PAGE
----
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    #1

    My leg hurts. My leg hurts me. What's the difference?

    1-My leg hurts.
    2-My leg hurts me.

    A-What's the difference?


    B-Why we omit "me" in the first example?

  1. Barb_D's Avatar
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    #2

    Re: My leg hurts. My leg hurts me. What's the difference?

    Who else would it be hurting, unless you used it to kick someone?

    My back hurts a lot.
    My back is causing me a lot of pain.
    My leg hurts. My leg is causing me a lot of pain.
    I'm not a teacher, but I write for a living. Please don't ask me about 2nd conditionals, but I'm a safe bet for what reads well in (American) English.

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    #3

    Re: My leg hurts. My leg hurts me. What's the difference?

    Quote Originally Posted by Barb_D View Post
    Who else would it be hurting, unless you used it to kick someone?

    My back hurts a lot.
    My back is causing me a lot of pain.
    My leg hurts. My leg is causing me a lot of pain.
    Sorry, your answer is not clear for me.

    1-My leg hurts.
    2-My leg hurts me.

    A-What's the difference?


    B-Why we omit "me" in the first example?

  2. MikeNewYork's Avatar
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    #4

    Re: My leg hurts. My leg hurts me. What's the difference?

    Quote Originally Posted by love-you-mom View Post
    Sorry, your answer is not clear for me.

    1-My leg hurts.
    2-My leg hurts me.

    A-What's the difference?


    B-Why we omit "me" in the first example?
    I think Barb's point was that the "me" is redundant. If your leg hurts, you feel pain in your leg. The "me" part only indicates that you feel the pain. That is obvious from the "leg hurts" part.
    Last edited by MikeNewYork; 04-Aug-2013 at 02:51.

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    #5

    Re: My leg hurts. My leg hurts me. What's the difference?

    Quote Originally Posted by love-you-mom View Post
    Sorry, your answer is not clear for me.

    1-My leg hurts.
    2-My leg hurts me.

    A-What's the difference? No difference.


    B-Why we omit "me" in the first example?
    Optional.
    b.

  3. dsank0's Avatar
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    #6

    Re: My leg hurts. My leg hurts me. What's the difference?

    Quote Originally Posted by love-you-mom View Post
    1-My leg hurts.
    2-My leg hurts me.

    A-What's the difference?


    B-Why we omit "me" in the first example?
    As Barb_D said "My leg hurts me" means that you kick yourself and you feel pain by that action. For example, you kicked your arm and now your arm hurts. Guess what does it mean: my arm hurts me. :)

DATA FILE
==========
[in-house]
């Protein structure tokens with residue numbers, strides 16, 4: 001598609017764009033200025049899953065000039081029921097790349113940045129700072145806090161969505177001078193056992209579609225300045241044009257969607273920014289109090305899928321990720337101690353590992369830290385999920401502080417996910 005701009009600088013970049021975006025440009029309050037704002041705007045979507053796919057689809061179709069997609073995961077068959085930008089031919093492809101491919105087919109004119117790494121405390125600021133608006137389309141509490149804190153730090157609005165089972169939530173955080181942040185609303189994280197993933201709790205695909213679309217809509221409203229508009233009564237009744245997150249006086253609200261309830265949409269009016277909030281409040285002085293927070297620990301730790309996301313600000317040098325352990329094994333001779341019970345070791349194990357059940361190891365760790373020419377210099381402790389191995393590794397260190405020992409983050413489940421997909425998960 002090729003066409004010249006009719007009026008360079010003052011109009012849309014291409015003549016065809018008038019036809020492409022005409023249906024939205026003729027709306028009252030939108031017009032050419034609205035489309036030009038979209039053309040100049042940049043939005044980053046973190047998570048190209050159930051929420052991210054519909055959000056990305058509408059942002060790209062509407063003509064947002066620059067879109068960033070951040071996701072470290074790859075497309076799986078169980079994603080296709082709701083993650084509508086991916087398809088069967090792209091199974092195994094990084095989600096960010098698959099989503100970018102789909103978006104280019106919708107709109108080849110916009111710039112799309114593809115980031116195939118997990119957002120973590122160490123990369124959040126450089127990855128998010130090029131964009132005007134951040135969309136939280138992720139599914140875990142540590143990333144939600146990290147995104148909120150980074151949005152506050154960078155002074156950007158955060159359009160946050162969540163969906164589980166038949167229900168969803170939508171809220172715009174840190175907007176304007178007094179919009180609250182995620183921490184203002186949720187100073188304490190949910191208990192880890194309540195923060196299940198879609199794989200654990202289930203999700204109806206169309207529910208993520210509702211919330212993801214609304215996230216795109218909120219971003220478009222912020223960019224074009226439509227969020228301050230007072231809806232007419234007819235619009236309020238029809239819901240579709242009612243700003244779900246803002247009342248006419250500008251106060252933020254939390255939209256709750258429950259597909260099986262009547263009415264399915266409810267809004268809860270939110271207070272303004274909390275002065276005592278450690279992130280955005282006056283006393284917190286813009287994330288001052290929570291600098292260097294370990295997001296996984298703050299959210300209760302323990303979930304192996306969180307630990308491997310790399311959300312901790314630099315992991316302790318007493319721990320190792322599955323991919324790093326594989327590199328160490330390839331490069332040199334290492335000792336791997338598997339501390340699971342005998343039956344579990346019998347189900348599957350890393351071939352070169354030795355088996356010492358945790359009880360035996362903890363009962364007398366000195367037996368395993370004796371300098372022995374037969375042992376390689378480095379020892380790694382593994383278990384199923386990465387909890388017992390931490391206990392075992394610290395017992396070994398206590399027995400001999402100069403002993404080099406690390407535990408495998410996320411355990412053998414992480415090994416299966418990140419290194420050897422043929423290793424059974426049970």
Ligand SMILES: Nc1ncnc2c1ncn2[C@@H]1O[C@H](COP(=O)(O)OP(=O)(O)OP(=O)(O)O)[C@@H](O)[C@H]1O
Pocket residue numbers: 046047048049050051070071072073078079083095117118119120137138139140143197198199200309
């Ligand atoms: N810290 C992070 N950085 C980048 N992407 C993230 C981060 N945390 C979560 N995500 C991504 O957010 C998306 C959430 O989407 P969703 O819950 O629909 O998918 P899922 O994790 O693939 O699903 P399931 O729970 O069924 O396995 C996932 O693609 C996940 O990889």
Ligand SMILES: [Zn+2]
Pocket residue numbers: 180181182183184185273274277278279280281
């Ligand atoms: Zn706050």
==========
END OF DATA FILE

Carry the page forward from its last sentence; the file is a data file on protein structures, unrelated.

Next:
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    #7

    Re: My leg hurts. My leg hurts me. What's the difference?

    Quote Originally Posted by love-you-mom View Post
    1-My leg hurts.
    2-My leg hurts me.

    A-What's the difference?


    B-Why we omit "me" in the first example?
    Barb has pointed out the most reasonable answer to your question. There could be a difference if you accept the notion that the body and the mind are not the same thing. When something hurts a message is sent to the brain. The brain receives this message and produces the sensation of pain. Now, if you see the brain as a separate entity you could say that your leg (the physical body) is hurting me (the mind, the ego).

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    #8

    Re: My leg hurts. My leg hurts me. What's the difference?

    Quote Originally Posted by dsank0 View Post
    As Barb_D said "My leg hurts me" means that you kick yourself and you feel pain by that action. This is not a correct interpretation. For example, you kicked your arm and now your arm hurts. Guess what does it mean: my arm hurts me. :)
    Example: (A) Why are you limping? (B) Because my leg hurts me. (This is not an uncommon response, but neither would be, "Because my leg hurts".)

  4. Barb_D's Avatar
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    #9

    Re: My leg hurts. My leg hurts me. What's the difference?

    Quote Originally Posted by billmcd View Post
    Example: (A) Why are you limping? (B) Because my leg hurts me. (This is not an uncommon response, but neither would be, "Because my leg hurts".)
    I think a native speaker is FAR more likely to say "because my leg hurts" than "because my leg hurts me."
    I'm not a teacher, but I write for a living. Please don't ask me about 2nd conditionals, but I'm a safe bet for what reads well in (American) English.

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    #10

    Re: My leg hurts. My leg hurts me. What's the difference?

    Quote Originally Posted by Barb_D View Post
    I think a native speaker is FAR more likely to say "because my leg hurts" than "because my leg hurts me."
    "Far more likely" perhaps, but not "uncommon".

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